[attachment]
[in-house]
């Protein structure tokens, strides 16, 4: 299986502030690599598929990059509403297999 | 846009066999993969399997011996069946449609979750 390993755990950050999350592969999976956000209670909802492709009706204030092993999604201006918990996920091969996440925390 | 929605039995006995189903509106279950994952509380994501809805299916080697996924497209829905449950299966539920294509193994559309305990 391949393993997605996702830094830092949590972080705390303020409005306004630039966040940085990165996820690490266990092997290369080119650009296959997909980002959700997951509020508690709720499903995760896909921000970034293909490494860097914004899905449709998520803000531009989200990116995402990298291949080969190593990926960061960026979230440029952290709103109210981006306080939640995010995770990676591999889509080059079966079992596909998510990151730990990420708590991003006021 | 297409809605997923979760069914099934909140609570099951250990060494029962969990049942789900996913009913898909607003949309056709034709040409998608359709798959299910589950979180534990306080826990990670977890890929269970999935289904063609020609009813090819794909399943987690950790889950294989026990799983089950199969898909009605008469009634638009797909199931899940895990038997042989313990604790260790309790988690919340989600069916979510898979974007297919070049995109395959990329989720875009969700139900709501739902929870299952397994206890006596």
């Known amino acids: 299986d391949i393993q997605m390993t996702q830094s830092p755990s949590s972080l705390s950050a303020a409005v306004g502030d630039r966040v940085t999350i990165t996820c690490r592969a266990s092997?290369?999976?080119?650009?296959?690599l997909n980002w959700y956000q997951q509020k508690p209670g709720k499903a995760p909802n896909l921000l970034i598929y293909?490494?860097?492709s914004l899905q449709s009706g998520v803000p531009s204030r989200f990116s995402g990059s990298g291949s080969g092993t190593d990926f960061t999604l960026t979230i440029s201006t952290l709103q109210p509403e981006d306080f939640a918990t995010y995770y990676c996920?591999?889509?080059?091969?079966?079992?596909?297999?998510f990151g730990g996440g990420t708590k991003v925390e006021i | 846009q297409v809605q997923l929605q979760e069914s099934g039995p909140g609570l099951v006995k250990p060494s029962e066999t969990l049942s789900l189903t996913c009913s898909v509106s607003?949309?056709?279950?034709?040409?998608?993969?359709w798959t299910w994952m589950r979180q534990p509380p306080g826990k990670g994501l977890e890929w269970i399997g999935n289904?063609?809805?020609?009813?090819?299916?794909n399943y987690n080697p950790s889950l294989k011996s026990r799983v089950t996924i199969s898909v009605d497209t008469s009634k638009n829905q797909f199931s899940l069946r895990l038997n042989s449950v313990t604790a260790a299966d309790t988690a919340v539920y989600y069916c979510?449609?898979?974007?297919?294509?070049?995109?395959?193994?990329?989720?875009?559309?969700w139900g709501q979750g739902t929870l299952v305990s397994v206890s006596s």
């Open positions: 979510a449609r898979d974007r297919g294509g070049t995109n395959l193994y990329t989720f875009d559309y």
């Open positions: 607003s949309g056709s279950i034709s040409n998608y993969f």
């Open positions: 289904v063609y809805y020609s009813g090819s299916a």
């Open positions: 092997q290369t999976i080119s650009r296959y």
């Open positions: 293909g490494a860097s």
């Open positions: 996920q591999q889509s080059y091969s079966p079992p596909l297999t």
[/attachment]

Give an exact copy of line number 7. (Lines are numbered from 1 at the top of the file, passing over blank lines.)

């Open positions: 092997q290369t999976i080119s650009r296959y």